Last fall I reported on finding what looked to be soldier fly pupae in my compost tumbler (see “DIY Tumber – Revisited“). At the time I wasn’t able to track down any of the suspected adults (large, yellowish flies I’ve frequently found in close proximity to my outdoor composting systems over the years), and my attempts at getting the adults to emerge (from some of the pupae I collected) indoors didn’t end up panning out.
Well, I’m happy to report that I am now finally on the verge of putting the pieces of this puzzle together!
A short time ago I was lucky enough to find one of these adults sitting on a leaf outside on an overcast day (easier to get a nice, clear photo without the glare of the sun) – and it seemed to have no intention of moving, even as I got in super close for some macro shots!
As if this wasn’t cool enough, today when I walked by a bag of (compostable) used cat litter material – waiting to get added to my new litter vermicomposting system – I noticed a bunch of these large, yellow flies hovering around the bag. When I dug around in the material a bit I found some small larvae, so I’m hopeful that these are the young larvae of these flies.
Now that I seem to have this little (accidental) experimental system going, I will likely try to optimize it a bit by adding some moisure, and perhaps some food waste. I really want to see if these are at least semi-comparable to Black Soldier Flies in terms of their waste processing abilities.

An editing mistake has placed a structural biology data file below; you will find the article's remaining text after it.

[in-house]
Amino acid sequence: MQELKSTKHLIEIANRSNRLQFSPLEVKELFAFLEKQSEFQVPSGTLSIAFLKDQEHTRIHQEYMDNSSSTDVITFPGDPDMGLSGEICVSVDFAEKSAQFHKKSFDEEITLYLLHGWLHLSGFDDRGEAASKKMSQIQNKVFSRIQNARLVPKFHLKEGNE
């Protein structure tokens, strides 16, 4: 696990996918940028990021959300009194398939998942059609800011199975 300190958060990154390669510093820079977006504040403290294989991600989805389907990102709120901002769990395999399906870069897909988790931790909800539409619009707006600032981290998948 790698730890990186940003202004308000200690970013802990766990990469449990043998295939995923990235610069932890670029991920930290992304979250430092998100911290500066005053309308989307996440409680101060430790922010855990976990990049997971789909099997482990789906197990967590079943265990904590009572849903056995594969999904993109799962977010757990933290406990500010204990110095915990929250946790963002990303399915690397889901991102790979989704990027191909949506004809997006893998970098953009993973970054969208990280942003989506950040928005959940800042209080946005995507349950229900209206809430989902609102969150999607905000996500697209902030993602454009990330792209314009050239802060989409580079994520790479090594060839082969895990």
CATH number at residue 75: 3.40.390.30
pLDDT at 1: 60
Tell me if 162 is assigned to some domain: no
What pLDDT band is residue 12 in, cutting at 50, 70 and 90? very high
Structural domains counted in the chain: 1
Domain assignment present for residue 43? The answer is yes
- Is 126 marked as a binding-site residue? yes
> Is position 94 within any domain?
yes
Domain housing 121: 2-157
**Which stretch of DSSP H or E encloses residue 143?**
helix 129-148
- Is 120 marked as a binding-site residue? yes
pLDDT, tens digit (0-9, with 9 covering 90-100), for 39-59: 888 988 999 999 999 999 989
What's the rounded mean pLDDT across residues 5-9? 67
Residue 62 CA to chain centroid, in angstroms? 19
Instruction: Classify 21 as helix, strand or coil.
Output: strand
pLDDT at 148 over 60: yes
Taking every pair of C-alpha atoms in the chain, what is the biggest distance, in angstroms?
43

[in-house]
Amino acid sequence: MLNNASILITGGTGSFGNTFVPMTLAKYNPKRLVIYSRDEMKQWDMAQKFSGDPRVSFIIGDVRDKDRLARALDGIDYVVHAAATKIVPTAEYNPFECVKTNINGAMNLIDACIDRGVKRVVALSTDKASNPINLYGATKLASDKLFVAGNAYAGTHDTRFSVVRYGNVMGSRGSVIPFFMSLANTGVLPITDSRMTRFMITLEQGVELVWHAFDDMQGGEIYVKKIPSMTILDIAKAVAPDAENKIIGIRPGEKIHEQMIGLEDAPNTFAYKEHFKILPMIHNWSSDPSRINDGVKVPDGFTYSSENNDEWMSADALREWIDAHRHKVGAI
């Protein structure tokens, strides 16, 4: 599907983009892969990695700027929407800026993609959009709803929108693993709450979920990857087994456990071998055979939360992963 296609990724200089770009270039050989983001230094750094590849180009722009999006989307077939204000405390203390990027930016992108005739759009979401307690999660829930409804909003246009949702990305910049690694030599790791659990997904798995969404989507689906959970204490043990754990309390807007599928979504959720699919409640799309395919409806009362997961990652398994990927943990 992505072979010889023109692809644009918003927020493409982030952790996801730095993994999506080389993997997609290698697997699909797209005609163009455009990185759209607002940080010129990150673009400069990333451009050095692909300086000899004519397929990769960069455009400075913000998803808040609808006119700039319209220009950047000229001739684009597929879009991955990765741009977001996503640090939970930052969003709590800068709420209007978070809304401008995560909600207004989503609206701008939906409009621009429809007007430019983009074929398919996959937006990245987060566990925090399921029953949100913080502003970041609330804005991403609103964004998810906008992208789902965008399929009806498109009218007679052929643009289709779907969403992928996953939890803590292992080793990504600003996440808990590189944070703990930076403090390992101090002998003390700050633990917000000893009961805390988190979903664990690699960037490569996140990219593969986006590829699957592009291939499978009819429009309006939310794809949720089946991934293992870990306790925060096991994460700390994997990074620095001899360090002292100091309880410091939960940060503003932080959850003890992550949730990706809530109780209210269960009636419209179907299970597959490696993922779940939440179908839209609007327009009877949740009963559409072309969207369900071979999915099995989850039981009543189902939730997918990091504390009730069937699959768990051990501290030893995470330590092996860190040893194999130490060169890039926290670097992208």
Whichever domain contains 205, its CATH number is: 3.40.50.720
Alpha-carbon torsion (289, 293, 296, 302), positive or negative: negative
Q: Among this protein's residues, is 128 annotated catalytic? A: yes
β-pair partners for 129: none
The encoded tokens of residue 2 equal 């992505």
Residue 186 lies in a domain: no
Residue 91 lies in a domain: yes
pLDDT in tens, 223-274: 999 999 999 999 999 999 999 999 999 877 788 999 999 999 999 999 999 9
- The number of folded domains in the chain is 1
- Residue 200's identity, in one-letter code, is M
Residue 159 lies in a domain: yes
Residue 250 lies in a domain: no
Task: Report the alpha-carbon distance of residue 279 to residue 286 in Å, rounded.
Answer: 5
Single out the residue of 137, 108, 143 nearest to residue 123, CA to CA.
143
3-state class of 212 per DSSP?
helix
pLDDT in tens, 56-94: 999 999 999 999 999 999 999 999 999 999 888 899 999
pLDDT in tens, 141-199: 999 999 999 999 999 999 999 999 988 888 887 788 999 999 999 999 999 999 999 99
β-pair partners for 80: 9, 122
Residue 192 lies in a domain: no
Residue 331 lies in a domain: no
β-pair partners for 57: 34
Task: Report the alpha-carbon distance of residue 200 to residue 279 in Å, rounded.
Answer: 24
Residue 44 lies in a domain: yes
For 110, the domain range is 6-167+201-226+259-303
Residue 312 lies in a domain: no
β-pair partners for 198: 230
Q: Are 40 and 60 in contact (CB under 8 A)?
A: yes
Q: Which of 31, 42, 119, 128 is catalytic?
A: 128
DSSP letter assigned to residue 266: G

I’m also thinking of tracking down a fly expert up here in Canada so I can get an actual ID on this species once and for all.
UPDATE: I e-mailed fly expert, Dr. Stephen Marshal, at the University of Guelph (my former stomping grounds) and received a very quick response, informing me that this is a very common Ptecticus soldier fly species. He suspects that it is Ptecticus trivittatus, but said it would be necessary to key it (i.e. ID it properly using a taxonomic identification key) in order to be sure. Another interesting tidbit Dr. Marshall shared with me was the fact that Black Soldier Flies (Hermetia illucens) ARE found in the southernmost regions of Ontario. So I guess I am not as far out of their range as I thought.
Have You Checked Out The "Ultimate" Vermi-Education Bundle Specials? >>Click Here<< to Learn More!